In a previous post I have noted that ultimately SQL Injection is a database attack through a web application proxy, and that the Database and the associated Database Administrators need to play a larger part in the defense of data and applications. I recommended a couple steps to assist in combating attacks through the use of stored procedures to help in input parameter validation. I also want to make additional recommendations in the areas of separation of duties and compartmentalization of functions.
Most of the relational database platforms now provide the ability to have more than one DBA role. This is typically accomplished by removal of the single all-powerful DBA user, and separating the DBA functions into specific accounts, with each assigned a distinct role like backup & recovery or user setup. The goal obviously is to limit the scope of damage should any single account be compromised, promote more granular auditing, and help prevent the type of abuse that happened with FIS. I find many large corporations are in fact moving to this model. Which leads me to my first point- that I have not seen this change within the application development community, to use databases to compartmentalize functions and users.
I was reading a post on SQL Injection Attacks over on the Vulnerability Research and Defense blog a couple days back. On their continuing thread of advice on how to address SQL Injection, they recommend IT and Database Administrators take steps to help prevent SQL Injection. Specifically, review IIS logs for signs of attack, consult your ISV on potential vulnerabilities of your 3rd party code, and validate that the accounts have the ‘least privilege’ needed to perform the work. While I have no disagreement with any of these items per se, I think it misses the point. I want to use this to illustrate the issue of perspective, and suggest a change in thinking that needs to happen here.
Most applications perform all database activities under a single database user.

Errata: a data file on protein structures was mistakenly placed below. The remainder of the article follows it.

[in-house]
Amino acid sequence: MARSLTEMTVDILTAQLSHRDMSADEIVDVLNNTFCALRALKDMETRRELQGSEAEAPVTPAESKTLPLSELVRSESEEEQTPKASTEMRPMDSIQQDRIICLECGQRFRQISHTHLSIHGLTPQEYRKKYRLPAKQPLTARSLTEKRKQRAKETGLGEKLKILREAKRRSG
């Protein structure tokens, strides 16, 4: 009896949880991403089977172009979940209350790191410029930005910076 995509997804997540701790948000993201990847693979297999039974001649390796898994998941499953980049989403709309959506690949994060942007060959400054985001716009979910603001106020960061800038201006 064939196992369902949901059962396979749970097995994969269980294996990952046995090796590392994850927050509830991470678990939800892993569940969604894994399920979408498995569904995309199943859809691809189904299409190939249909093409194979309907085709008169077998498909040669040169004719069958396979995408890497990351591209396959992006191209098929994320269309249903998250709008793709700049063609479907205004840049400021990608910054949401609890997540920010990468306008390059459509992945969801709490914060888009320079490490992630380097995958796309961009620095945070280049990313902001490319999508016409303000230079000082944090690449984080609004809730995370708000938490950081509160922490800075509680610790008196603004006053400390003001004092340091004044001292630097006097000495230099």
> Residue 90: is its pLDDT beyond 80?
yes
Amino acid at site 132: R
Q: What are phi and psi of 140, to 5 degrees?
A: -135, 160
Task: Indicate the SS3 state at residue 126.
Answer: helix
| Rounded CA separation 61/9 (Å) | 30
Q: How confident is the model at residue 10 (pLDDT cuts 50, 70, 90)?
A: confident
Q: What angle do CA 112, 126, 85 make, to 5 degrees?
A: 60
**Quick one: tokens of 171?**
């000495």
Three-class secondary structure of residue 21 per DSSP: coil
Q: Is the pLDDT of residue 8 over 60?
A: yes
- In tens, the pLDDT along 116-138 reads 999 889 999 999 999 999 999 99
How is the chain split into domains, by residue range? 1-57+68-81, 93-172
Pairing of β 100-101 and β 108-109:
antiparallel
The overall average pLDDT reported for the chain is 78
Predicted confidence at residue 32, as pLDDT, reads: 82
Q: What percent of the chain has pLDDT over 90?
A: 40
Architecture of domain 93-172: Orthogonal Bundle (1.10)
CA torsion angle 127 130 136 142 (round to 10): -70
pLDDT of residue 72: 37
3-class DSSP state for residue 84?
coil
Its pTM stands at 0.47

This is a problem in that a database administrator is supposed to apply the concept of least privilege to the database user and group, but that single generic database user performs every application function. Application of the least privilege concept in this context is almost meaningless. Limiting the features or the scope of access available is just as important. Think about this as separation of duties, so that the scope of what is possible through the web is restricted.
The application developer must take some steps to assist in this area by reducing functional scope for individual users. Any web application that uses a database establishes a trusted connection to that database regardless of whether it is ASP or JSP or whatever. Ultimately, a SQL Injection attack is the user of the web application, exploiting that trust relationship between the application and the database to their advantage by piggy-backing code onto the legitimate access. I don’t want to say that if you are considering ‘least privilege’ to assess risk you have already lost the battle, but this really should be done in the design phase as well as with periodic reviews of the system.
Collaborate with Database Administrators and Architects (Or stop treating the database like a black box)
They say if your only tool is a hammer, everything begins to look like a nail. That accurately describes many of the web application developers I have worked with in the last 10 years. They attempt to provide all of the functionality for their application within their application and use the database as a simple repository to store, sort and report data. In reality database engines like Oracle, MS SQL Server, and DB2 are extraordinarily feature rich applications and, in data processing related activities, provide more advanced processing capabilities. Yet I still find application developers writing tools, functions and utilities that would be better served being in the database itself.
So separation of duties in the processing environment is a good idea, where different programs or different roles within those programs provide different pieces of functionality. Siloed, if you will. So is constant collaboration between application developers and database administrators, designers and programmers. Smaller, dedicated pieces of code are easier to review. And this is being driven not just by PCI, but also by more modern development processes and QA strategies.
In the next post I want to comment on trust relationships and distributed application use of databases.